Councillor Josh Matlow

Post City: Paddles up: outdoor ping-pong growing in popularity

Post City

August 22nd, 2014

Angela Hennessey

 

 

Ping-pong tables are hitting parks all over the city — and all you need is a racket (and a ball).

 

 

“They have been very successful, people love them,” Coun. John Fillion says.

 

The first table was added to his ward last year at Mel Lastman Square —located at Sheppard and Yonge — and he has plans to add five more tables by the end of this summer.

 

“The one in Mel Lastman Square was used almost continuously, and everyone loved it, so we decided to add them in every large park in the ward,” Fillion says.

 

Tables will be added to Edithvale Park, Gwendolyn Park, Mitchell Field Park, Goulding Park, and a second will be added at Mel Lastman Square.

 

The tables are concrete — including the legs — and have a metal grate net so that they can withstand the test of time and some of Toronto’s rougher weather conditions. The cost of each is estimated at $5,600, which includes the concrete slab needed for installation and shipping.

 

Toronto residents have taken to social media this summer to express their gratitude for these “fun” and “awesome” new toys parks have to offer.

 

“You put these features in parks and people show up,” Fillion says, who added that he’d like to start organizing tournaments this summer.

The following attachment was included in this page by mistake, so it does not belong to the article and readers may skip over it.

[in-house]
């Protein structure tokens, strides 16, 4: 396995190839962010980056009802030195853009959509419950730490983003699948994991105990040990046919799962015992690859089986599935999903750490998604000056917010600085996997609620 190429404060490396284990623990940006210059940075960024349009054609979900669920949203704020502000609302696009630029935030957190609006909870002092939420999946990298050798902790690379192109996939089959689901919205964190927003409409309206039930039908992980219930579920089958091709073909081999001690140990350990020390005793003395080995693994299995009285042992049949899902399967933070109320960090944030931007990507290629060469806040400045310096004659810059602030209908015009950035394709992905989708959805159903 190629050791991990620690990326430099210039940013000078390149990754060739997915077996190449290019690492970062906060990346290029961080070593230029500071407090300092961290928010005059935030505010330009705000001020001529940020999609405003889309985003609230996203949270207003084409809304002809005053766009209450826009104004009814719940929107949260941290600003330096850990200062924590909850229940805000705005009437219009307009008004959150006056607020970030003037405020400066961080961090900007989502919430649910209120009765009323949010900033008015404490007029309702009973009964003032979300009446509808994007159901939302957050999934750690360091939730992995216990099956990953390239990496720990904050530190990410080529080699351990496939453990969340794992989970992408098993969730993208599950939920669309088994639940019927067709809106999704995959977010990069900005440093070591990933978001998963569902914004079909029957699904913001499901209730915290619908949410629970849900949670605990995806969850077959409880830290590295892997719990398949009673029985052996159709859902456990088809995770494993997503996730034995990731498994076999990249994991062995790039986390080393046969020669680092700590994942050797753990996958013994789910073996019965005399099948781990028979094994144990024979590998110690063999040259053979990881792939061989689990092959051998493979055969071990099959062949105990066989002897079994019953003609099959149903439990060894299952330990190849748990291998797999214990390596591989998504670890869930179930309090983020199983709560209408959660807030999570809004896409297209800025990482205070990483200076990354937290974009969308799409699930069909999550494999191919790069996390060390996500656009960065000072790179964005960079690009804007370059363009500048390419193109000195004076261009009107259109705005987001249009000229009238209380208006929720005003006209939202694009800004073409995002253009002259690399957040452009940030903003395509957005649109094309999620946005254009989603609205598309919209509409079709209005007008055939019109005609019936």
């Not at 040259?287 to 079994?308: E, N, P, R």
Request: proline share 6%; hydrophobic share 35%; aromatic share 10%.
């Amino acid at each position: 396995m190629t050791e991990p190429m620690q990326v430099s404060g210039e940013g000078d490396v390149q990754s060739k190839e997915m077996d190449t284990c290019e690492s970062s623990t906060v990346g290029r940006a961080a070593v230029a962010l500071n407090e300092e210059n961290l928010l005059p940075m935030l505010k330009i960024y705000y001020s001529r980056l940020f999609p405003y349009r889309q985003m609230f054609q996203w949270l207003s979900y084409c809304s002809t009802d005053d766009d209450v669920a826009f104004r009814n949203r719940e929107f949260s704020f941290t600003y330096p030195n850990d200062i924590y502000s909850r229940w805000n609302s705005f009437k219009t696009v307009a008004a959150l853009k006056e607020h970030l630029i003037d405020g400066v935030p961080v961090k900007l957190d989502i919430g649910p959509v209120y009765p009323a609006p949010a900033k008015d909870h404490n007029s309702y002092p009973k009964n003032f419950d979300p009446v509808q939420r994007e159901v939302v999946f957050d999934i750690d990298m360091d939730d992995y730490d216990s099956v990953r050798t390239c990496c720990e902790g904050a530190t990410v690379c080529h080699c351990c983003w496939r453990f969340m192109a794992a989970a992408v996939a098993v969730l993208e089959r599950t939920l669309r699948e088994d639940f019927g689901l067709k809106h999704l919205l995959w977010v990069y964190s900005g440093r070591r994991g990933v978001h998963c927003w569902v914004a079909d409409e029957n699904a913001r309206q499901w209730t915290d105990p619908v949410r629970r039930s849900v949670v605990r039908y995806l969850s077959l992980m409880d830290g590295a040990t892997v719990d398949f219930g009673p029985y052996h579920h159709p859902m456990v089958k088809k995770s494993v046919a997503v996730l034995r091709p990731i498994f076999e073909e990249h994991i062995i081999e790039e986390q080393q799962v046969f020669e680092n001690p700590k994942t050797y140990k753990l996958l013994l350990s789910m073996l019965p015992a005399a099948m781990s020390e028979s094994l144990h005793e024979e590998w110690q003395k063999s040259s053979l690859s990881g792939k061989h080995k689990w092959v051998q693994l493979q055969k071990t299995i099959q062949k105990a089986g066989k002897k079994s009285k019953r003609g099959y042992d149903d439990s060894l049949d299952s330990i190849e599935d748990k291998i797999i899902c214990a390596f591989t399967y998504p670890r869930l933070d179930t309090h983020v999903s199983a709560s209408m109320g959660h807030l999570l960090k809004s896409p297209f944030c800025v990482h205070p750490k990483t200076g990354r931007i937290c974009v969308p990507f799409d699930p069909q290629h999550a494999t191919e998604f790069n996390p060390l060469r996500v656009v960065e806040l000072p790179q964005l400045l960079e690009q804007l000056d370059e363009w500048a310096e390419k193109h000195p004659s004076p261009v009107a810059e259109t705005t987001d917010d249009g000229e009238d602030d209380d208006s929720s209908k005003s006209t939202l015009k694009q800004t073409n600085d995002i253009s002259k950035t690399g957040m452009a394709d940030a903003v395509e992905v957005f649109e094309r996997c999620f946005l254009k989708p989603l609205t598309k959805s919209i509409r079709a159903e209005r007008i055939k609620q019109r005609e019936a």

The urban ping-pong trend has been occurring in major cities all over the world, and in Toronto, it is likely to continue while several other city councillors have already joined in.

 

“We just got one a year ago in June Rowlands Park at Mount Pleasant and Davisville,” Counc. Josh Matlow says — who used developers’ fees to pay for the tables.

 

“Certainly it’s been a great success. It’s a really fun and cool thing to have in a park,” he adds.

 

“I think it’s a fun idea,” avid park-goer, Kristina Minella, said.

 

Minella frequently hangs-out in Greenwood Park in the eastend where there isn’t yet a table. She’s seems them in other parks and said they are always in use.

 

“I think our neighbourhood would like it.”

 

To read this article from its original source, click here.

2017-05-29T19:24:02+00:00

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